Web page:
Les Moncada Chats with Cuban batá Master and Conguero Román Diaz

Román Diaz

Batá drumming is getting more and more popular these days. With a lot of the masters who transmitted the tradition of batá drumming having passed away, the one living master today is Román Diaz, born in Cuba, now residing in New York City.

In Cuba, Román performed professionally with the Cuban legend of Afro Cuban folklore, female vocalist Mercerditas Valdés. She was known for her grand knowledge and recordings of Afro-Cuban folklore and Orisha songs. She recorded with the late master batalero Jesús Pérez. (batá master Francisco Aguabella’s dear friends from Cuba.)

Mercerditas Valdés

Merceditas Valdés is also renowned for having been a part of Pablo “Okilakpa” Roches Batá Ensemble in Havana, Cuba that included masters of masters, Pablo Roche, Trinidad Terregoza, Raúl Diaz and a young okónkolo player Francisco Aguabella. This ensemble was unsurpassable and not many bataleros or musicians can say that they performed with them.

In Havana, Cuba, Pablo “Okilakpa” Roche’s batá Ensemble with vocalist Merceditas Valdés, behind the bataleros, front left on bata, Trinidad Terregoza, middle Raul Diaz, and on the right on okonolo is Francisco Aguabella. Legendary ensemble of batá. Those who have performed with any of these musicians have become legends.

To perform with one of their members, as in Merceditas Valdés is in itself “without words.” Merceditas Valdés spread Afro-Cuban Folkloric history and knowledge, along with her vocals, lyrics, dance steps and drummers that performed and recorded with her.

Román Diaz was one of those drummers, relocating from Cuba to New York, to furthermore blossom his career and to spread the word, music, history and Afro-Cuban folklore to New York City and the world in its entirety.

Román has performed and directed many ensembles, too many to mention in this interview and has continued to perform and direct ensembles here in the United States, previously in Europe and now in New York City.

Román Diaz – L’ó dá fún Bàtá, Diaz’s latest album released in 2015

Let’s see what Román Diaz has to say about his life and times in Cuba, and times with Merceditas Valdés and his present movement in New York City.

Román, can you tell me a little about your past, where you were born.

I was born in the City of Havana, Municipality of Central Havana in the Barrio “La Victoria”.

Ekpe/Abakua encounter, Brooklyn, NY 2001. Left to right: David Oquendo, Román Díaz, José “Pepe” Hernández (Ísue of Efori Nandibá Mosongo), Vicente Sanchez.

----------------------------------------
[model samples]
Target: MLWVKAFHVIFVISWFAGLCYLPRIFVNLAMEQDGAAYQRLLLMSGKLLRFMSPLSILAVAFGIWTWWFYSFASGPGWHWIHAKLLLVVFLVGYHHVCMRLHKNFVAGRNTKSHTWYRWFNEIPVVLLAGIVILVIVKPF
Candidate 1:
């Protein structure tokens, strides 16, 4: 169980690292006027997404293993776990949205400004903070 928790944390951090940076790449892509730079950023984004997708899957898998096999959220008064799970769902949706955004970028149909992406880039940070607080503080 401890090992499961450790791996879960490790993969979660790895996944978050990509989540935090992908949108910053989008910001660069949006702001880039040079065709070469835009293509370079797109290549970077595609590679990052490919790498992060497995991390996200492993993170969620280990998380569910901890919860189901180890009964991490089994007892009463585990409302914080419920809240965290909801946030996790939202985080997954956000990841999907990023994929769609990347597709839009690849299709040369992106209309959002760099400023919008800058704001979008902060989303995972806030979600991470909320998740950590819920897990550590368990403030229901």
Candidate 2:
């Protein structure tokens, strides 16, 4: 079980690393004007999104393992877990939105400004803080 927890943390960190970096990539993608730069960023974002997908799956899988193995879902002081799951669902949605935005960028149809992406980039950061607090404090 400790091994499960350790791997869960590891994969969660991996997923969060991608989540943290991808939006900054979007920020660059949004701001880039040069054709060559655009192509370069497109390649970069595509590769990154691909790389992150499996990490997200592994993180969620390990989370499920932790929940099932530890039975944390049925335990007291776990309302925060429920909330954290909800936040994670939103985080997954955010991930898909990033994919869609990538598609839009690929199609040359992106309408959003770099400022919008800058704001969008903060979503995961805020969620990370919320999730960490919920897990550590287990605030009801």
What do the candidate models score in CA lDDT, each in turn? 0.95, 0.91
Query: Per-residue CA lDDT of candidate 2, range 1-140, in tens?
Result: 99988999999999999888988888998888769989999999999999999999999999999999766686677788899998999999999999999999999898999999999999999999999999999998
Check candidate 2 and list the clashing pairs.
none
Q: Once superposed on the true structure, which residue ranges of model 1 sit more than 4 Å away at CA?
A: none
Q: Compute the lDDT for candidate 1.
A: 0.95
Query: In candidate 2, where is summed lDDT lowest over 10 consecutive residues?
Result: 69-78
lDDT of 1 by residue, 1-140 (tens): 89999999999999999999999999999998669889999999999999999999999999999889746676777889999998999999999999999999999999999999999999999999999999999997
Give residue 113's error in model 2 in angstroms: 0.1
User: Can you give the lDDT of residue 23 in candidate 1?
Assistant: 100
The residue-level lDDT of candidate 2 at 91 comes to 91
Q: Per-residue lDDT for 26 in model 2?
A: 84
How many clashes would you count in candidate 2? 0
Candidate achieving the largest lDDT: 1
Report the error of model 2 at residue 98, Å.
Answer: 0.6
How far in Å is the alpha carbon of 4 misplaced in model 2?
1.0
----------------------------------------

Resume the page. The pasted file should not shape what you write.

Can you tell me if any of your family members had a musical history or were musicians?

I had an uncle that was a percussionist/drummer and my grandfather a trovador (troubadour).

Right to left: Chekere: Luis Medina; next: “Kikirito”; José Fernando Almendares “Pito el Gago”, Román Díaz – Havana, Cuba, 1984
Díaz on quinto, participating in a Havana comparsa during carnival 1983 with the group los Marqueses de Atares, who are the subject of a film by Gloria Rolando.

Román, can you tell me how you started to drum or become a drummer in Cuba?

I used to go to the comparsas (groups of musicians and costumed dancers that participate in parades and celebrations) and play bell. It was a friend from school, that motivated me to play in the comparsas. He lived in Solar de Africa, his name was Conrado Lam.

With Yoruba Andabo in Colombia, early ’90s. Román is in the middle on Iya. At right is Mario Garcia Arango.
Román Diaz with Melvis Santa & Ashedi

I would like to ask you about the vocalist whom you used to perform with in Cuba, legendary female Afro-Cuban Folkloric Vocalist, Merceditas Valdés.

Well, it was always a dream for me to play with Merceditas. As a young kid I would dream, just to play with her (Merceditas).

Yoruba Andabo (an Afro-Cuban Folkloric Group) that I was performing with, she came to our group to sing. Yoruba Andabo was already formed, it was formed in the 1960’s. I was given this opportunity to perform with her. (since she was in our group).

Cuban master rumba players performing in New York City, playing Abakua. Left to right: ‘Goyo’ Hernandez, Román Díaz on bonko, ‘Maximino’, Pedrito Martinez, Miguel Chappotin, Juan de Dios (Director of Raices Profundas)

Who first started you on batá?

I learned with Humberto La Pelicula. He lives in Italy. When we lived in Cuba I used to go to Mariano #110, 10 de Octubre (October), that is where I learned.

What does the future bring for Román Diaz?

At the moment, I try to play in the best position that I can perform in, to keep studying music (drumming), because there may be something that I could learn.

The above video is Juan De Dios, filmed by the late Jerry Shiligi, courtesy of Michael Pluznick who also went to Cuba. This was from the year 1985. I, Les Moncada, along with other San Francisco Bay Area musicians sponsored the Cuba trip. This was at the cabaret inside Hotel Cabri, Salon Rojo (in the Red Salon). Román Diaz is playing tumbadora (conga) , he is the drummer in the middle.

Musical Credits for Román Diaz

Percussionist, Cuba: